A quarter of US internet users now rely on a mix of Advertising-funded Video on Demand (AVOD) and Subscription Video on Demand (SVOD) services for their entertainment, according to the latest research from Ampere Analysis. This represents an increase from the 15% reported in Q1 2020.
The analysts’ catalogue research finds the quality and popularity of SVOD services is typically driven by their exclusive titles whereas AVOD services tend to rely on high volumes of non-exclusive content from major studios to bolster their quality perception of their catalogues.
Ampere reports AVOD viewers tend to be older and less affluent than their SVOD counterparts and tend not to stack multiple SVOD services, preferring traditional pay-TV packages. In the study, older users (age 55-64 years old) were the fastest growing age bracket of AVOD viewers, with a 7-percentage point increase in AVOD uptake among the group in the last year alone. This was also the fastest growing age bracket for SVOD but due to the greater maturity of the SVOD market, saw just a 3.5 percentage point growth in the last year.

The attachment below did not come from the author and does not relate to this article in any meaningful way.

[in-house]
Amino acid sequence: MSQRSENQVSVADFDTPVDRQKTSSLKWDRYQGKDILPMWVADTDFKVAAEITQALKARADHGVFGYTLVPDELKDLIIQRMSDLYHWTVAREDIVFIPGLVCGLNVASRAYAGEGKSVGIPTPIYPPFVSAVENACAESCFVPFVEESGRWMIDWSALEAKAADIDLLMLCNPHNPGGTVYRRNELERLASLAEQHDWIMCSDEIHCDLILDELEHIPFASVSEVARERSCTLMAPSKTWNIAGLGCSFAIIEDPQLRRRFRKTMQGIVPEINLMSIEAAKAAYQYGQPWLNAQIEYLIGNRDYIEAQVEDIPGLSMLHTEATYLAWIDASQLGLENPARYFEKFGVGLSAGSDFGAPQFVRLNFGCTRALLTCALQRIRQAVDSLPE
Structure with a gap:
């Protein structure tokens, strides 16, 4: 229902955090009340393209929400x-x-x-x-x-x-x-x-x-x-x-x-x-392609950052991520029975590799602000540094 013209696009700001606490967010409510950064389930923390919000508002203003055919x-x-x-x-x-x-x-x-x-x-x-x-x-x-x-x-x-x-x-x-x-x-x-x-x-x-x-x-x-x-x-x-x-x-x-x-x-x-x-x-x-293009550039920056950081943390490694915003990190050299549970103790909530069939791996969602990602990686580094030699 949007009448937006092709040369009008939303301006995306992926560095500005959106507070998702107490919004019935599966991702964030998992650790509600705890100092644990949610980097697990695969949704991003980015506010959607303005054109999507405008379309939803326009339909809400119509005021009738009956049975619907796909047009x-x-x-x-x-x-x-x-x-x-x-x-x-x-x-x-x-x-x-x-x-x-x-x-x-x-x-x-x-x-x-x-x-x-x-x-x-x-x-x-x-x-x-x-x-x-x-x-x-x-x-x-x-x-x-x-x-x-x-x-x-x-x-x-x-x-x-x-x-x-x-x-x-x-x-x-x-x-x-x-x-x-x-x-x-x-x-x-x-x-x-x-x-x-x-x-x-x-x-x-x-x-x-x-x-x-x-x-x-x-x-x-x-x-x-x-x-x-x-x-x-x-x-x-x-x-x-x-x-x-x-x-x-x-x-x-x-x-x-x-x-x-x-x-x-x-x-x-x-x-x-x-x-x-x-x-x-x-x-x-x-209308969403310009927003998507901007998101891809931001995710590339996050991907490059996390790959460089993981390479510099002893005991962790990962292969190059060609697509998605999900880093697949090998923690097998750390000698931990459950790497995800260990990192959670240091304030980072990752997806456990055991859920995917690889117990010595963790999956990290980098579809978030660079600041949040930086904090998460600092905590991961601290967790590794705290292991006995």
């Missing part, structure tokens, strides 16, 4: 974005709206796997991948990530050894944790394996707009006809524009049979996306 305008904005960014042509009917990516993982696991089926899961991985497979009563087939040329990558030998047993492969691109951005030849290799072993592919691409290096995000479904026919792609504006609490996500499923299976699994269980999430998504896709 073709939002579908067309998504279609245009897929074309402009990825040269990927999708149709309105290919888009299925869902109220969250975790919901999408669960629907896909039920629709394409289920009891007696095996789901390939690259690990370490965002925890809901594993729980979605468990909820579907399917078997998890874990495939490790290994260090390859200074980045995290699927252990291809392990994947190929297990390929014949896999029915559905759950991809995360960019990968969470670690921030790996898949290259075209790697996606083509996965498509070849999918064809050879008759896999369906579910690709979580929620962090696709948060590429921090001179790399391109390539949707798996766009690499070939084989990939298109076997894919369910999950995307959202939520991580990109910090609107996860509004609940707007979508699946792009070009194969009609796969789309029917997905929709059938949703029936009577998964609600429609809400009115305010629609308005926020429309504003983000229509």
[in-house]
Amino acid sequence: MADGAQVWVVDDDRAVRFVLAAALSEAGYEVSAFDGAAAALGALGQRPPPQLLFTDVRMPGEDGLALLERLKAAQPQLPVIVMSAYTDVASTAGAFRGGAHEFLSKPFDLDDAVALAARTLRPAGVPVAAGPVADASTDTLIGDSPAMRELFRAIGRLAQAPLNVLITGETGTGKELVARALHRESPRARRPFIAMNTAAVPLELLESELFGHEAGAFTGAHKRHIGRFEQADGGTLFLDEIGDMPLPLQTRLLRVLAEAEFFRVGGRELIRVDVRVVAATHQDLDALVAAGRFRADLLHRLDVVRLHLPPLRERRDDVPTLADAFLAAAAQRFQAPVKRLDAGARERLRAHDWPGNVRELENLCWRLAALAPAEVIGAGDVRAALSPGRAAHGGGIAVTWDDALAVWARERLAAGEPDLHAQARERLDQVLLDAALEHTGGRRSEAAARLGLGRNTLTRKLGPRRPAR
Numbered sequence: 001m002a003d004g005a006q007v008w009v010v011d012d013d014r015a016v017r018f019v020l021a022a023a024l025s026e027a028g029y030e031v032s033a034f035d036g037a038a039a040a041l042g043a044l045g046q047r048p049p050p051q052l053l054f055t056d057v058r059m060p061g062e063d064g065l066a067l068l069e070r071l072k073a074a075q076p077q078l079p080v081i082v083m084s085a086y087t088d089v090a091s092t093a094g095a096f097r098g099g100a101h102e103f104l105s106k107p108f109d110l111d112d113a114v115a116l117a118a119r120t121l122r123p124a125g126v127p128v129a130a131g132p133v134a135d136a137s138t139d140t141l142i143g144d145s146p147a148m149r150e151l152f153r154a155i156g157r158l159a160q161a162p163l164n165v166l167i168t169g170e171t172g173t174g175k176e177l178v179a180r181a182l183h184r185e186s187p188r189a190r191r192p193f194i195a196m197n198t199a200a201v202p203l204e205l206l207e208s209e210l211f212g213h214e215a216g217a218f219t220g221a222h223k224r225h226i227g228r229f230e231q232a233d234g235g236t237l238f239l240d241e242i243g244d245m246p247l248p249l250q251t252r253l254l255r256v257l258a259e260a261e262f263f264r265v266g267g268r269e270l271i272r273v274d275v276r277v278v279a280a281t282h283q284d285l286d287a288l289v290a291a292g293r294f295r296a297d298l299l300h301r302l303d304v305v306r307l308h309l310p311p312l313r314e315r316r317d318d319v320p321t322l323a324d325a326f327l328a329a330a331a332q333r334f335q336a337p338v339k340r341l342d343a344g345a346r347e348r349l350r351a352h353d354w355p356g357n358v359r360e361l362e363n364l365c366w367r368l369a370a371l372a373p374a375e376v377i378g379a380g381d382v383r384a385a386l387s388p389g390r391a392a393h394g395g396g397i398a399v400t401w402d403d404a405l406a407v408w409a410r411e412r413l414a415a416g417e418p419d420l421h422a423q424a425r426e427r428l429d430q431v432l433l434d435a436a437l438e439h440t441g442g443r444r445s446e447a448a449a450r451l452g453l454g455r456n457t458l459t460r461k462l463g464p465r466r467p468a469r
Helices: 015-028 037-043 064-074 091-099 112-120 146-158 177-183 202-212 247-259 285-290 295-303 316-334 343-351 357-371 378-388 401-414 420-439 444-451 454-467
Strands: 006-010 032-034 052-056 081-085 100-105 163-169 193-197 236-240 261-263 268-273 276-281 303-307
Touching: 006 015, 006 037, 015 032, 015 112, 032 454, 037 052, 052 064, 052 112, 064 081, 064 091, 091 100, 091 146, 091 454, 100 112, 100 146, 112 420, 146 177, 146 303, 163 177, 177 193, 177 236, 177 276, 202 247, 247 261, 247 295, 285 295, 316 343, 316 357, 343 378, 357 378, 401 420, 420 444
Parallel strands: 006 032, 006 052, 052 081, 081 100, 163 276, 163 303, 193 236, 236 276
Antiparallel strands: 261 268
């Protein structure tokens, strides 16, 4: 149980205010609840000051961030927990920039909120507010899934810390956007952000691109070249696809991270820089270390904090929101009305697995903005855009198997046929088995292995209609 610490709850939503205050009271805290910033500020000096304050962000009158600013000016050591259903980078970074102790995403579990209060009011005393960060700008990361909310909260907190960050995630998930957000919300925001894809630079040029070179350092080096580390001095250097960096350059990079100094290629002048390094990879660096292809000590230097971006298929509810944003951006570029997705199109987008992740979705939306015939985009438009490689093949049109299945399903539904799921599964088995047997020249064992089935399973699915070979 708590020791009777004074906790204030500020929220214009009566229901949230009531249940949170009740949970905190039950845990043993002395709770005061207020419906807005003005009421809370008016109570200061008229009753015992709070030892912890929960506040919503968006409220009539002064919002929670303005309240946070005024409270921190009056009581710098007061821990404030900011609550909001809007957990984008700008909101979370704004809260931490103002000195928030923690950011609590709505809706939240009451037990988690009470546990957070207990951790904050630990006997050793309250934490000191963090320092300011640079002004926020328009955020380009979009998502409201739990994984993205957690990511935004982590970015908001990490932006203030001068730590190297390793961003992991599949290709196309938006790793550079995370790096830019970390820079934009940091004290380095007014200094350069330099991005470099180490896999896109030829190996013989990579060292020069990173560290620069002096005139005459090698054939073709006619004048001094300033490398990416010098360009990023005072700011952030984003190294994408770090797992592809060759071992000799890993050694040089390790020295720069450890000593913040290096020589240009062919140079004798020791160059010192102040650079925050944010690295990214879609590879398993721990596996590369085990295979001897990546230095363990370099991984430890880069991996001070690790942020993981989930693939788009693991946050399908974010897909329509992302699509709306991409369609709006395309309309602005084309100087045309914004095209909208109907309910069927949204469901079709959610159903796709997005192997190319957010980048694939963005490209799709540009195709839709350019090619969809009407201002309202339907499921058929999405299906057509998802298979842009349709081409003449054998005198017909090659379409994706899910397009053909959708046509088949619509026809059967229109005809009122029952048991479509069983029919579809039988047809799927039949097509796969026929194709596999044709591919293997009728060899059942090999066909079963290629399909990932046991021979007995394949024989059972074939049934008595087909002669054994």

Ampere Analyst Tom Bell says: “We can see the appeal with older audiences at present, but AVOD services will need to compete more directly with the content on SVOD if they want to attract the younger, more affluent audience already familiar with SVOD.”
While US AVOD catalogues are large, they’re primarily made up of older, non-exclusive titles. In contrast, SVOD services typically reply on a catalogue of exclusive titles to increase the quality and popularity of their content offering.
Bell adds that as the studios increasingly reserve a proportion of their content for their own platforms, the AVOD platforms are following suit, and commissioning their own shows. Among them Roku, Vudu, Crackle and IMDb TV have all begun to commission original programming with an emphasis on the easier to produce comedy and documentaries.